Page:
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a person who serves in an army; a person engaged in military service.
an enlisted man or woman, as distinguished from a commissioned officer: the soldiers' mess and the officers' mess.
a person of military skill or experience: George Washington was a great soldier.
a person who contends or serves in any cause: a soldier of the Lord.
Also called button man. Slang. a low-ranking member of a crime organization or syndicate.
Entomology. a member of a caste of sexually underdeveloped female ants or termites specialized, as with powerful jaws, to defend the colony from invaders.
a brick laid vertically with the narrower long face out. Compare rowlock ( def 2 ).
Informal. a person who avoids work or pretends to work; loafer; malingerer.
verb (used without object)
to act or serve as a soldier.
Informal. to loaf while pretending to work; malinger: He was soldiering on the job.
Verb phrases
soldier on, to persist steadfastly in one's work; persevere: to soldier on until the work is done.

1250–1300; Middle English souldiour < Old French soudier, so(l)dier, equivalent to soulde pay (< Latin solidus; see sol2) + -ier -ier2

soldiership, noun
nonsoldier, noun
Dictionary.com Unabridged
Based on the Random House Dictionary, © Random House, Inc. 2014.
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World English Dictionary
soldier (ˈsəʊldʒə)
1.  a.  a person who serves or has served in an army
 b.  Also called: common soldier a noncommissioned member of an army as opposed to a commissioned officer
2.  a person who works diligently for a cause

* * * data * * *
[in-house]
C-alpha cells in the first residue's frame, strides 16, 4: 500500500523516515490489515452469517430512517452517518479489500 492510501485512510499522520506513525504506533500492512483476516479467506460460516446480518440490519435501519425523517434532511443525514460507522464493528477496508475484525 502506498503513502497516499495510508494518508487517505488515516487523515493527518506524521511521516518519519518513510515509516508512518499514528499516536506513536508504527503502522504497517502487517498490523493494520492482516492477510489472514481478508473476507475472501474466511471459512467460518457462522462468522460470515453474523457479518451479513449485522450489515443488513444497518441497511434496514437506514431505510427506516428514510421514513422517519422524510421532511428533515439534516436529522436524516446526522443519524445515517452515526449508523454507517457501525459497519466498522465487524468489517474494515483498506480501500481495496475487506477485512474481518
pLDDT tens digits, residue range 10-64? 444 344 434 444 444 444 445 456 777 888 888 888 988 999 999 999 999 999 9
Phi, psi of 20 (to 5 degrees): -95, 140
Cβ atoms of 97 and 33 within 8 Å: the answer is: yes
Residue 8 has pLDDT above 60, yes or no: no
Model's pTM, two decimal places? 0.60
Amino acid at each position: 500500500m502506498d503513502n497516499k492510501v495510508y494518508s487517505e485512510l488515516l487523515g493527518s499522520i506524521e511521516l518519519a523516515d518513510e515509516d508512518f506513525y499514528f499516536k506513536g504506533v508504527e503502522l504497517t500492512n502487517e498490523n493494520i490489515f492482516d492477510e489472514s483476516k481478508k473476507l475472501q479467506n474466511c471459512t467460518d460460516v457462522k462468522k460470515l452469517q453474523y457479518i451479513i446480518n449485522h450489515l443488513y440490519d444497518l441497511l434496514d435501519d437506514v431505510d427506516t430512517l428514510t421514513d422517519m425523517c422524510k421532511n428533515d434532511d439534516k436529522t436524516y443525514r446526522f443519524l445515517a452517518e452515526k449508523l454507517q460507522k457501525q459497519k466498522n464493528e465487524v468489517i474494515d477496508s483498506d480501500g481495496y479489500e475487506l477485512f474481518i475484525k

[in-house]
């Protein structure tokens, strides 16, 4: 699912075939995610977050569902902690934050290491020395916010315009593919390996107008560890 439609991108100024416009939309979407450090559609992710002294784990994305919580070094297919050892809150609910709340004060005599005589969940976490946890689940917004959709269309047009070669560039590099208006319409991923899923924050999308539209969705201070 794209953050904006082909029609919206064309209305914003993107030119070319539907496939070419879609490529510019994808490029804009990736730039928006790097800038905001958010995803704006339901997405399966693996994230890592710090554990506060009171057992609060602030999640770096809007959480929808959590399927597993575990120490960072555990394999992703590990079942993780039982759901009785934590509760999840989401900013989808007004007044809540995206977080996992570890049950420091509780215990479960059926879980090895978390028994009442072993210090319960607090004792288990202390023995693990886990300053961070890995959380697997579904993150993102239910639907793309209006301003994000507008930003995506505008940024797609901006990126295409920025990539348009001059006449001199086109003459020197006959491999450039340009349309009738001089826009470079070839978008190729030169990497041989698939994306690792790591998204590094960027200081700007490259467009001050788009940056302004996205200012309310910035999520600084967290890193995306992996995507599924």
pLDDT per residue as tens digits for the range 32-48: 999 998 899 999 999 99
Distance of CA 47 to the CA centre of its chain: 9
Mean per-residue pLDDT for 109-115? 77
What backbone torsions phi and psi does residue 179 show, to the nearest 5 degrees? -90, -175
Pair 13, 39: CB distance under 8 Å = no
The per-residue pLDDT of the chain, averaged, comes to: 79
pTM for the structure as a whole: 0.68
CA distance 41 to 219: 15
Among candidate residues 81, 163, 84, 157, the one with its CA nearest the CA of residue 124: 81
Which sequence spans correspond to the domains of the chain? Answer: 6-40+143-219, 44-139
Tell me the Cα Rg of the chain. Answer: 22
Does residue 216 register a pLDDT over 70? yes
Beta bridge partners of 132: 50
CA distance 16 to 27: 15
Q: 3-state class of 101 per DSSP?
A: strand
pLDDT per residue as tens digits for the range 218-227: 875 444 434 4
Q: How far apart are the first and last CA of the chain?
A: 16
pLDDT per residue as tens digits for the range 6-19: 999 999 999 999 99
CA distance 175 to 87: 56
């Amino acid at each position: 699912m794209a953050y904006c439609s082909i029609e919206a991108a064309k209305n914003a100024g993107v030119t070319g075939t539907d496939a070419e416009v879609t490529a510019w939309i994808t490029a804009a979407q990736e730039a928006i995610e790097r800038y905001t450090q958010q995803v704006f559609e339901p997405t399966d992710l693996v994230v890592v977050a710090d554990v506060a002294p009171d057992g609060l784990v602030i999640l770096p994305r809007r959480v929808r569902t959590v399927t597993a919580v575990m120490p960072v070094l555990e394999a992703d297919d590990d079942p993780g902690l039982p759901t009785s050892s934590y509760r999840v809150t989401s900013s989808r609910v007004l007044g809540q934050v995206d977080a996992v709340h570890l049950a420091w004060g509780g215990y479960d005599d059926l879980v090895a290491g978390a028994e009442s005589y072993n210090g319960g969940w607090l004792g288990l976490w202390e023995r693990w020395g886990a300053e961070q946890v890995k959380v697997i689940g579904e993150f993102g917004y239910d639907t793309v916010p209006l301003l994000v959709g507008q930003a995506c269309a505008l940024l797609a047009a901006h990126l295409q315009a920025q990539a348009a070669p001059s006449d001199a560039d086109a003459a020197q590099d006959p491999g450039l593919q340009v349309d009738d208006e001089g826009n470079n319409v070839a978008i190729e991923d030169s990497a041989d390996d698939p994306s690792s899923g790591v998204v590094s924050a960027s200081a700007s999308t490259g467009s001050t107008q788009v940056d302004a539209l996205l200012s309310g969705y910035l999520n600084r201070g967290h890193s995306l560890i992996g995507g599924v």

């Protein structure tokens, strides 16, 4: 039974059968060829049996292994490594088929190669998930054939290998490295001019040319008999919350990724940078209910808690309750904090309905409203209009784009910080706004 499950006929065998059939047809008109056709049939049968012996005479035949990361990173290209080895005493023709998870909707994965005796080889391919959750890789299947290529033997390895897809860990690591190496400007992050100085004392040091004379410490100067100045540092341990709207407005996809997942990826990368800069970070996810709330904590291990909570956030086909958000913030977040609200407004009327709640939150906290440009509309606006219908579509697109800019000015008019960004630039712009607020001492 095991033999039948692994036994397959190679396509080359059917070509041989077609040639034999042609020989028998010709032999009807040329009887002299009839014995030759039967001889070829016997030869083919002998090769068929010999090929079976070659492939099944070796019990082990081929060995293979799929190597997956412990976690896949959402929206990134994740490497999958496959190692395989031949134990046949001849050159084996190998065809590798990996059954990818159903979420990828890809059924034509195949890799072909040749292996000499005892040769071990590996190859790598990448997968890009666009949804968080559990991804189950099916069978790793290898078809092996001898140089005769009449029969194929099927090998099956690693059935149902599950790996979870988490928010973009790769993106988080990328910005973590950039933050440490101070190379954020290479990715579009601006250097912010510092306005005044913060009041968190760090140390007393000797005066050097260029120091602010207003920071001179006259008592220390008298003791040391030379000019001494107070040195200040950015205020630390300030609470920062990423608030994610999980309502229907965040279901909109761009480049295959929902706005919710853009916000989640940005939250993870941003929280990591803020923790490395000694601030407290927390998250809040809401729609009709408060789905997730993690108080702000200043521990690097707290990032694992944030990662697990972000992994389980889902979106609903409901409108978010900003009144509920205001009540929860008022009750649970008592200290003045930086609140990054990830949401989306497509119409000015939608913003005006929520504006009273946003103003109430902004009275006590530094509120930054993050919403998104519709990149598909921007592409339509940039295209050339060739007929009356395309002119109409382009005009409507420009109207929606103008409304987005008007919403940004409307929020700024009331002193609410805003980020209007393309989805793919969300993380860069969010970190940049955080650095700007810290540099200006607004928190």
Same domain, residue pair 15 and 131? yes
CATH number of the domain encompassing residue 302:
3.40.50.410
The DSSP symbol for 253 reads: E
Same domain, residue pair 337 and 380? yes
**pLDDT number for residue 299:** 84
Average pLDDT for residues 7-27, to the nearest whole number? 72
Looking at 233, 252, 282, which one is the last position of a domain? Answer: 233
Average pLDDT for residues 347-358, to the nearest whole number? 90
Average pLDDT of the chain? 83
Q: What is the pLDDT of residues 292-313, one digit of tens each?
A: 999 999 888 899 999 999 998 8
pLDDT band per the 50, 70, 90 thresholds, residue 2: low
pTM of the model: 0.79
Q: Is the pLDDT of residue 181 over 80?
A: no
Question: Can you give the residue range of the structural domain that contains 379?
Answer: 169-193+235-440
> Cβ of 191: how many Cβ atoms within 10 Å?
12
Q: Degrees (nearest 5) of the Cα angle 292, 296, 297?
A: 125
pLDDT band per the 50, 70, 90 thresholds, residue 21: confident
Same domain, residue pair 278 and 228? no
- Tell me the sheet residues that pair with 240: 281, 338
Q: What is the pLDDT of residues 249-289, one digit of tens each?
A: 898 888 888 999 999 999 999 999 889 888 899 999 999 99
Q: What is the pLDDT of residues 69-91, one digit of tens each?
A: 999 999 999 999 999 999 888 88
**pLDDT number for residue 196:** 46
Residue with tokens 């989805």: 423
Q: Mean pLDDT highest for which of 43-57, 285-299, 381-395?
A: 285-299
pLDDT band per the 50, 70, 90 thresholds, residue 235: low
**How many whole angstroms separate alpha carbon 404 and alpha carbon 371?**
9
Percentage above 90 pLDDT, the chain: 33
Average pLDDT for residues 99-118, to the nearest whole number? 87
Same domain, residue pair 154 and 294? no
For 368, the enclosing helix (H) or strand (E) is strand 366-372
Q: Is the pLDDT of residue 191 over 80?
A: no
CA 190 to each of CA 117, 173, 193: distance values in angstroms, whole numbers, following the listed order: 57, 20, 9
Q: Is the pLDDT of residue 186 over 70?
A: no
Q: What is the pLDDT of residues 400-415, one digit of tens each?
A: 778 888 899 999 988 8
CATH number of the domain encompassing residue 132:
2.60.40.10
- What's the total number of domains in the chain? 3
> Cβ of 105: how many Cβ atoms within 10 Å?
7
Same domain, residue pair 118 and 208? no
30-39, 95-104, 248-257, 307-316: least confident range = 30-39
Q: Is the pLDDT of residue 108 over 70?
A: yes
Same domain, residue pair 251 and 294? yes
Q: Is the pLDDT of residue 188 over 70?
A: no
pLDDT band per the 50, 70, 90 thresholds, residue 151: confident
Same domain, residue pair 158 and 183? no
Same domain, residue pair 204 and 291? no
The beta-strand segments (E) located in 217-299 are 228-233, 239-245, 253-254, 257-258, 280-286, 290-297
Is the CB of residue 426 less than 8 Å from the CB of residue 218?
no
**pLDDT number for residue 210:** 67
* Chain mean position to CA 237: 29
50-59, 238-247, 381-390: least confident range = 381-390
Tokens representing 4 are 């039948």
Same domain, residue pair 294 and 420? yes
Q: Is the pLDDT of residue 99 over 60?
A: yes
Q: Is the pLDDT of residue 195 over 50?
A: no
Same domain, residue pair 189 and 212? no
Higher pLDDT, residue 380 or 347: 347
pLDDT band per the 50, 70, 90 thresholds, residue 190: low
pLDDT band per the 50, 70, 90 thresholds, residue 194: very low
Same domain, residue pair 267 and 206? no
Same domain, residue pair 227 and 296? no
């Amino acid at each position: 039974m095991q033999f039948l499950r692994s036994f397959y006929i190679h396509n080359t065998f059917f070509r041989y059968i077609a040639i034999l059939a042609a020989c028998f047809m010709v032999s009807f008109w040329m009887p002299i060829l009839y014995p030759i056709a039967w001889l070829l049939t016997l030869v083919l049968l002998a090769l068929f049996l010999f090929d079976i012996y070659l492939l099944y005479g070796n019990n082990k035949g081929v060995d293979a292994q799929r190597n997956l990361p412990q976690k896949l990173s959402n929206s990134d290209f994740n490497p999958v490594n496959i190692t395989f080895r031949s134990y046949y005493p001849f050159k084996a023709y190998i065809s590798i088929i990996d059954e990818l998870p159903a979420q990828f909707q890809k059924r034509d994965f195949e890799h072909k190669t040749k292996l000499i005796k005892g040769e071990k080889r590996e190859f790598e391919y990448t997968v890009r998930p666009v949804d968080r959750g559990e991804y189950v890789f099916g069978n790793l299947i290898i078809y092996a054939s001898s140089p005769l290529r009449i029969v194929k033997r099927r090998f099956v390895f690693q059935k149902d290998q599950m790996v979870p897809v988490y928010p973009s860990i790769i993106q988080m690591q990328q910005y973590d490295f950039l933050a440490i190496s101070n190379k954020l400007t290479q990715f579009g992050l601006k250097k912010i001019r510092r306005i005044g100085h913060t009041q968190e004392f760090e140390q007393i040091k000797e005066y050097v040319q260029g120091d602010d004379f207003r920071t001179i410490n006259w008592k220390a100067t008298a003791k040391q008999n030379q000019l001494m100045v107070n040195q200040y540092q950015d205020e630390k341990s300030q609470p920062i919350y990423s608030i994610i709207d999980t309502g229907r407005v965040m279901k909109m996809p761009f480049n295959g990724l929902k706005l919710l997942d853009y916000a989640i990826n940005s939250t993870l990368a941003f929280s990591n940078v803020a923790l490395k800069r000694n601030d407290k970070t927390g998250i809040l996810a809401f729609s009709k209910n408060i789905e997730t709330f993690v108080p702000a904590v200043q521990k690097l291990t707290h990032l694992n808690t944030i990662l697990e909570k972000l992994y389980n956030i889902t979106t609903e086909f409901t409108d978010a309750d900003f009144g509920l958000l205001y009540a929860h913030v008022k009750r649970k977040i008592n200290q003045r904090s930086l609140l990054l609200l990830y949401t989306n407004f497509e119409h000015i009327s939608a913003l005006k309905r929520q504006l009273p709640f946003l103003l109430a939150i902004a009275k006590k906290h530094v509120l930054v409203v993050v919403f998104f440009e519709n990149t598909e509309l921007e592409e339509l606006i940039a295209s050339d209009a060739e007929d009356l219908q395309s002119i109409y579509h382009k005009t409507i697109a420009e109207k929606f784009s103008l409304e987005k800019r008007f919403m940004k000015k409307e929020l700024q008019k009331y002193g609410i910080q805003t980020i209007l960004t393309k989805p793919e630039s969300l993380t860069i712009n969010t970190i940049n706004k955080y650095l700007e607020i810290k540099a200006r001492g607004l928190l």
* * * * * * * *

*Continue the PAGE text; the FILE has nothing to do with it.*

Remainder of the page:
3.  a low-ranking member of the Mafia or other organized crime ring
4.  zoology
 a.  an individual in a colony of social insects, esp ants, that has powerful jaws adapted for defending the colony, crushing large food particles, etc
 b.  (as modifier): soldier ant
5.  informal a strip of bread or toast that is dipped into a soft-boiled egg
6.  to serve as a soldier
7.  obsolete, slang to malinger or shirk
[C13: from Old French soudier, from soude (army) pay, from Late Latin solidus a gold coin, from Latin: firm]

Collins English Dictionary - Complete & Unabridged 10th Edition
2009 © William Collins Sons & Co. Ltd. 1979, 1986 © HarperCollins
Publishers 1998, 2000, 2003, 2005, 2006, 2007, 2009
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Word Origin & History

c.1300, from O.Fr. soudier "one who serves in the army for pay," from M.L. soldarius "a soldier" (cf. It. soldato and Fr. soldat "soldier," which is borrowed from It.), lit. "one having pay," from L.L. soldum, from acc. of L. solidus, a Roman gold coin (see solidus). The
verb meaning "to serve as a soldier" is first recorded 1647; to soldier on "persist doggedly" is attested from 1954.
Online Etymology Dictionary, © 2010 Douglas Harper
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Example sentences
Not even the adrenaline kick and camaraderie of soldiering.
Soldiering on in the face of setbacks, after all, is a key ingredient for
Except for war, soldiering with them wasn't at all bad.
Besides soldiering, he was known as a skilled mariner and shipbuilder.
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